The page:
After years of strong small business growth, the COVID-19 pandemic upended everything we thought we knew, slowing the economy and forcing social distancing.
Many small businesses are struggling or have closed their doors for good as the pandemic continues into its second year and the recovery effort continues.
But the news is not all bad.
Many businesses have found ways to grow and thrive despite widespread uncertainties and the slow return to a new normal.
Here’s a look at some of the fastest-growing small businesses in recent months.
The construction industry took a hit from the pandemic, with many large scale projects canceled or delayed. But the combination of a resilient real estate market (thanks to historically low interest rates) and an uptick in home improvement projects is driving a boom in residential remodeling jobs.
If you’re wondering what businesses are in high demand, ask your local general contractor, carpenter, electrician and landscaper how their schedules look. In some regions, they are booked months in advance.
The average homeowner spends $7,560 per year on residential home improvements, and since it's impractical for most major corporations to perform home improvements on a national scale, skilled construction workers are in demand.
Large-scale projects are also driving growth in some cities. Learn more in our report on “Best U.S. cities for construction jobs.”
Home health care
Home health care was already one of the fastest-growing industries before the pandemic, and this trend is likely to continue. Traveling nurses and other in-home caregivers who are willing to assist elderly and disabled patients with basic living needs can earn a comfortable wage, even with little education.
As the U.S. population continues to age and medical costs for long-term care facilities continue to rise, families will be looking for less expensive alternatives to caring for their elder family members at home.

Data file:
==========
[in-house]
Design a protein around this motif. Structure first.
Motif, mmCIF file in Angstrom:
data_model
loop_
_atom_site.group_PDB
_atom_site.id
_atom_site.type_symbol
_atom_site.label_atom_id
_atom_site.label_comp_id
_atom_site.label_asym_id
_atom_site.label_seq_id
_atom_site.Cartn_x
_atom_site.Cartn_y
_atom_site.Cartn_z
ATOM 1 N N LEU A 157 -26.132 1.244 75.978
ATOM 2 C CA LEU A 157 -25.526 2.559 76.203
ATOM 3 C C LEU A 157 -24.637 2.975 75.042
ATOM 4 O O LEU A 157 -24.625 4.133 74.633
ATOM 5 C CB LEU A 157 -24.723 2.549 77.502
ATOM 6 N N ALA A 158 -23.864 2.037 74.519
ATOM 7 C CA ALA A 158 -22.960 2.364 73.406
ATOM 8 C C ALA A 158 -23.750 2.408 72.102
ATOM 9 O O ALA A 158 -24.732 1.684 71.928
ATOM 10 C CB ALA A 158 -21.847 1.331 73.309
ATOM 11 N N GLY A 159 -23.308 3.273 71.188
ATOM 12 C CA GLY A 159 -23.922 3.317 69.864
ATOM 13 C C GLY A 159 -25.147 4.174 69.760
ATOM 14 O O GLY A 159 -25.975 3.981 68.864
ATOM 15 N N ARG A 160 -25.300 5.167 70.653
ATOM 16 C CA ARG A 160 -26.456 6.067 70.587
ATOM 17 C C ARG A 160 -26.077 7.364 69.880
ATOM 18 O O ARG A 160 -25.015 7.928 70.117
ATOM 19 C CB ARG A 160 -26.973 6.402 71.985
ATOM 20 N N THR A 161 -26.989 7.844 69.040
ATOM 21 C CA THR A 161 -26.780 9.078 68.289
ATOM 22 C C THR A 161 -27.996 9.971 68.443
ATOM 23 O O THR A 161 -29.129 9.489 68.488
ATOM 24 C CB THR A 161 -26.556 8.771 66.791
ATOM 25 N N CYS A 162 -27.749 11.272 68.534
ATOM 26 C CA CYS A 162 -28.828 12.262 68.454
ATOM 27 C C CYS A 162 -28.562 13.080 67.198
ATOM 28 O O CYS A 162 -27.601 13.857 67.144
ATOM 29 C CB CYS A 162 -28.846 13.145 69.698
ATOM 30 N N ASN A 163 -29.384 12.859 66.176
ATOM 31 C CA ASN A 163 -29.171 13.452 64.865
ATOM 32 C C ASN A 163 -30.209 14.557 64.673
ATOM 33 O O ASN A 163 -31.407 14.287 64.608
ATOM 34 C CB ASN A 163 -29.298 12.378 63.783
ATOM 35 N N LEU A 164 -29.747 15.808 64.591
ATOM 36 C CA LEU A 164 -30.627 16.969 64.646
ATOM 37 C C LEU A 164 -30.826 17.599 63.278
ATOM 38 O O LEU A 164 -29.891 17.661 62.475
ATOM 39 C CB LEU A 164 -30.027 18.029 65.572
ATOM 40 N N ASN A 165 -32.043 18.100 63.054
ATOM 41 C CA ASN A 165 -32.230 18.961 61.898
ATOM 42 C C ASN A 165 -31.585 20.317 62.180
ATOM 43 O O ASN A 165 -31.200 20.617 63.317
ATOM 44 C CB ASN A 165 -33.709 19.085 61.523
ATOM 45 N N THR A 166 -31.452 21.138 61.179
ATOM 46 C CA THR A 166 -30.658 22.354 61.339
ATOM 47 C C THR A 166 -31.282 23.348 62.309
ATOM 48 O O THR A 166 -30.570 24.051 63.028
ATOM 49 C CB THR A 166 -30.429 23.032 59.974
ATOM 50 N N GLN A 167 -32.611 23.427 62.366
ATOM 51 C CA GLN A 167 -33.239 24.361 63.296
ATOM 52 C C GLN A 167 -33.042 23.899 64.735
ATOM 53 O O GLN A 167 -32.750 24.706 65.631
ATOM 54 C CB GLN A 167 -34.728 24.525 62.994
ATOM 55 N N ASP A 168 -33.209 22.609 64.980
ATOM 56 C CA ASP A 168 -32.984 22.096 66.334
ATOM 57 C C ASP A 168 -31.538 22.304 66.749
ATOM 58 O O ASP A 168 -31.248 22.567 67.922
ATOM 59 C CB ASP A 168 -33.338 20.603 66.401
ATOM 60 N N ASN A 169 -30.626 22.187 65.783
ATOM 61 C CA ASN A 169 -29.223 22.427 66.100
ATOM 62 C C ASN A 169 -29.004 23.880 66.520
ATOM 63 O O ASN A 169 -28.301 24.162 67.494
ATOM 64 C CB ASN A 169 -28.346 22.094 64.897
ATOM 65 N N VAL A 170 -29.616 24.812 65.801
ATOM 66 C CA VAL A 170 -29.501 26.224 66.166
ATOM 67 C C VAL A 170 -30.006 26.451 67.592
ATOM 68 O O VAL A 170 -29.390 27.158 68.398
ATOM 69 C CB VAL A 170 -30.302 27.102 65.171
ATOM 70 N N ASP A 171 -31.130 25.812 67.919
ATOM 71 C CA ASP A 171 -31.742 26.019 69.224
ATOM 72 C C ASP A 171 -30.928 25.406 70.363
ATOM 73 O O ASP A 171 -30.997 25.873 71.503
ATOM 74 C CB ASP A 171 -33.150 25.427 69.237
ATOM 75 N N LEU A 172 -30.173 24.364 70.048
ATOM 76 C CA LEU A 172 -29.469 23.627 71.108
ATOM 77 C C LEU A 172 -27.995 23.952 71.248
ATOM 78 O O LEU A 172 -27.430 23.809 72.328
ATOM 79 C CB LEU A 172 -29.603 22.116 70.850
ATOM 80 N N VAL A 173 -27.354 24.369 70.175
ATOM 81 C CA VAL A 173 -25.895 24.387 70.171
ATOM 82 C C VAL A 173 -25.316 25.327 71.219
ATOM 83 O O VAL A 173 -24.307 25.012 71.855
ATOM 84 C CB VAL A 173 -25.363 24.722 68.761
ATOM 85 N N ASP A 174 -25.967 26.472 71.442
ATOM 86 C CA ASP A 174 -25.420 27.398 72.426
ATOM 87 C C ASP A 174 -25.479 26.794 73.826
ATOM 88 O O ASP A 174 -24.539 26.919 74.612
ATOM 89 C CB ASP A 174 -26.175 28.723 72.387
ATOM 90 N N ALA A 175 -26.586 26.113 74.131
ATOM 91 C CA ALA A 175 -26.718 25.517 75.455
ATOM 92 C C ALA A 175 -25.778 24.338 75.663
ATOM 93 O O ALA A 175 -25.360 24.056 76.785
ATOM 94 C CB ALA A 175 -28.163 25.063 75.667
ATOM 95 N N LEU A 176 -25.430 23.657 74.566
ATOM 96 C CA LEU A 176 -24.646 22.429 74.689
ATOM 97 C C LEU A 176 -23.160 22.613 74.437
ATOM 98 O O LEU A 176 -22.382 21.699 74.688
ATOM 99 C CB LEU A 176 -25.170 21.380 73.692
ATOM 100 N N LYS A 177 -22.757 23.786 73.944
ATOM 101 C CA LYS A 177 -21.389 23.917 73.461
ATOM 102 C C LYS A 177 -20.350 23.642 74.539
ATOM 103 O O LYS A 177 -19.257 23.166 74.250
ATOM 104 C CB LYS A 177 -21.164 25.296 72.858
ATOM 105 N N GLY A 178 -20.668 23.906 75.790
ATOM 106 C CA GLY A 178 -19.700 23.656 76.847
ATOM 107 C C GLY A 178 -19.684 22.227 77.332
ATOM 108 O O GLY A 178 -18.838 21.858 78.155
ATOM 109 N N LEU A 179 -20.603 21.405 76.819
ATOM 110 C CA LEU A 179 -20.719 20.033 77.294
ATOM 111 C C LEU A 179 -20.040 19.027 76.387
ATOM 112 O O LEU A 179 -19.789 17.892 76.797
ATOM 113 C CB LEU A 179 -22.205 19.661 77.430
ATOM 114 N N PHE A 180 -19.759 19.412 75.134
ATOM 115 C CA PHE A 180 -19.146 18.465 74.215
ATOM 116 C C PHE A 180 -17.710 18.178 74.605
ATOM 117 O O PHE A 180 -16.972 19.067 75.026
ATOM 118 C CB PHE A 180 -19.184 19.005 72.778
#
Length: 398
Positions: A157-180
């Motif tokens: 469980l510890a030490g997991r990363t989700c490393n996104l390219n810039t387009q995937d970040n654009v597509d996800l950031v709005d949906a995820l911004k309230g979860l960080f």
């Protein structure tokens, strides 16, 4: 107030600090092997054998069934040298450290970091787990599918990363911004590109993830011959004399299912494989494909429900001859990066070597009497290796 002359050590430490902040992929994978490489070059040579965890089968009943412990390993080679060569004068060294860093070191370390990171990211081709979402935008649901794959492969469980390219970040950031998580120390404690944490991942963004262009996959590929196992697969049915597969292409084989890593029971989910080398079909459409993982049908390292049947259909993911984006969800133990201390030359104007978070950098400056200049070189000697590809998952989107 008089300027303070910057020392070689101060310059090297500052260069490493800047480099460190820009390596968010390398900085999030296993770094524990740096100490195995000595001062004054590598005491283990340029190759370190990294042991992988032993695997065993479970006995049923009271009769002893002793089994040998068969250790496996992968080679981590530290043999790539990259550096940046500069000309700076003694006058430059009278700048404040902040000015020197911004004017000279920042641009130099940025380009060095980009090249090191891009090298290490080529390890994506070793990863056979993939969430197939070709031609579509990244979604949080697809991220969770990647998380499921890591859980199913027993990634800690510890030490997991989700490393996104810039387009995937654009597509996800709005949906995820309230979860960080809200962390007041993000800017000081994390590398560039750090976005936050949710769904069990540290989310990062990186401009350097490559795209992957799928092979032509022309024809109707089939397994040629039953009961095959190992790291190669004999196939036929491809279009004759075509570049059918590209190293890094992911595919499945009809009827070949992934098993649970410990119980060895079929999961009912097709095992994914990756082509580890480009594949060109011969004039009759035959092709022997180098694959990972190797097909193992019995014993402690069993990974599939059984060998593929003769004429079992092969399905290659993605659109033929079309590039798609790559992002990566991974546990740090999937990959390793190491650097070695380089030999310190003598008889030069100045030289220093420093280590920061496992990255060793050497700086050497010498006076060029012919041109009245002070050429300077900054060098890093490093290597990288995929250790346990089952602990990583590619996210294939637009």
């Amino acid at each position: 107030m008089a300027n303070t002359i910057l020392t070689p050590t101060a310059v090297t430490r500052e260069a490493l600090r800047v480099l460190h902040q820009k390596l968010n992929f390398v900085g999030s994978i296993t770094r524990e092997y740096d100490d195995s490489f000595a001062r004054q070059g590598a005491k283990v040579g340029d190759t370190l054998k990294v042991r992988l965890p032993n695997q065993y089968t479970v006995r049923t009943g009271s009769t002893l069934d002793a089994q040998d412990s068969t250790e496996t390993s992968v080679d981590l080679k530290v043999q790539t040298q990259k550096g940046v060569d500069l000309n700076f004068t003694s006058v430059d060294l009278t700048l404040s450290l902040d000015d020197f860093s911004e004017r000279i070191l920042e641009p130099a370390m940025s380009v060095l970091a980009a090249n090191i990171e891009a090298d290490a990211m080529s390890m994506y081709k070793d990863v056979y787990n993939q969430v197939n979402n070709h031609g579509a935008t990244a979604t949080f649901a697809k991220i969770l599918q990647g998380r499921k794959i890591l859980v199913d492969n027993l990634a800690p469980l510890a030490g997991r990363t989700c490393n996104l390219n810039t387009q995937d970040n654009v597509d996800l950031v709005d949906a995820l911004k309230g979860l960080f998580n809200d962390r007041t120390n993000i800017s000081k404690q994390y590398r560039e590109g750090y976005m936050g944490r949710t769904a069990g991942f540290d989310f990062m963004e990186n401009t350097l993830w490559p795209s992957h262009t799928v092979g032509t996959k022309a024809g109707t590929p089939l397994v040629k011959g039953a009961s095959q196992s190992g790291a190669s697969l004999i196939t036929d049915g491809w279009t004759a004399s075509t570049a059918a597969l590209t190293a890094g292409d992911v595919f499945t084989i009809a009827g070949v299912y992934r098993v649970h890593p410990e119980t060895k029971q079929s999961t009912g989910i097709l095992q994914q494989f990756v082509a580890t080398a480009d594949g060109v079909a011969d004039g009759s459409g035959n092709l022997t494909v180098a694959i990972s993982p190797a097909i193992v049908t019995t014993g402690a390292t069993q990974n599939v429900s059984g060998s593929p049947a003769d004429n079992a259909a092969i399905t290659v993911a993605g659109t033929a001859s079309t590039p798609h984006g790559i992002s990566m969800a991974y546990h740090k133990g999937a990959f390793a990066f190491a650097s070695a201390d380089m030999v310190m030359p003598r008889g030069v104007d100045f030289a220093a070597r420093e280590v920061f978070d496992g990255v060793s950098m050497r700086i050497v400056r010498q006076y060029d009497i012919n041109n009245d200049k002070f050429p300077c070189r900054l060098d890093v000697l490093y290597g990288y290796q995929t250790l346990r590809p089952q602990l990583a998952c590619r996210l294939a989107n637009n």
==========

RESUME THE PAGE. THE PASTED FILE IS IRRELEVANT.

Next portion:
The COVID-19 pandemic might also have a lasting impact on the healthcare industry and how people view in-home support. With many home health aides and personal care assistant jobs requiring only a high school diploma and projected job growth at 34%, this field will be highly in-demand for many years to come.
Gyms across the country shut down in response to the pandemic, sending millions of Americans to exercise in their living rooms. Though gyms in some states have started to reopen, many people are unwilling to give up the safety and convenience of at-home workouts. If you’re a fitness enthusiast who’s good with technology, digital fitness can be an opportunity.
The U.S. Bureau of Labor Statistics (BLS) projects job growth for fitness trainers and instructors to grow by 15% through 2029 — much faster than average across all job categories. With no advanced degrees required and a median wage of nearly $20 per hour, becoming an online fitness trainer has a low barrier of entry for health-conscious entrepreneurs.
Schools across the country shut their doors seemingly overnight when the coronavirus hit, and it’s having a lasting effect on students and the way kids learn.
Learning pods of isolated student-teacher groups is a trend that’s continuing into 2021, along with more traditional private one-on-one tutoring sessions are also in demand. If it’s a career opportunity you’re exploring, you can learn more in our article about how to start a tutoring business from home.
COVID-19 has driven incredible growth in the food delivery market, which was already skyrocketing before the pandemic. By 2025, the online food delivery industry is projected to grow by nearly 20% to reach a whopping $200 billion in annual sales.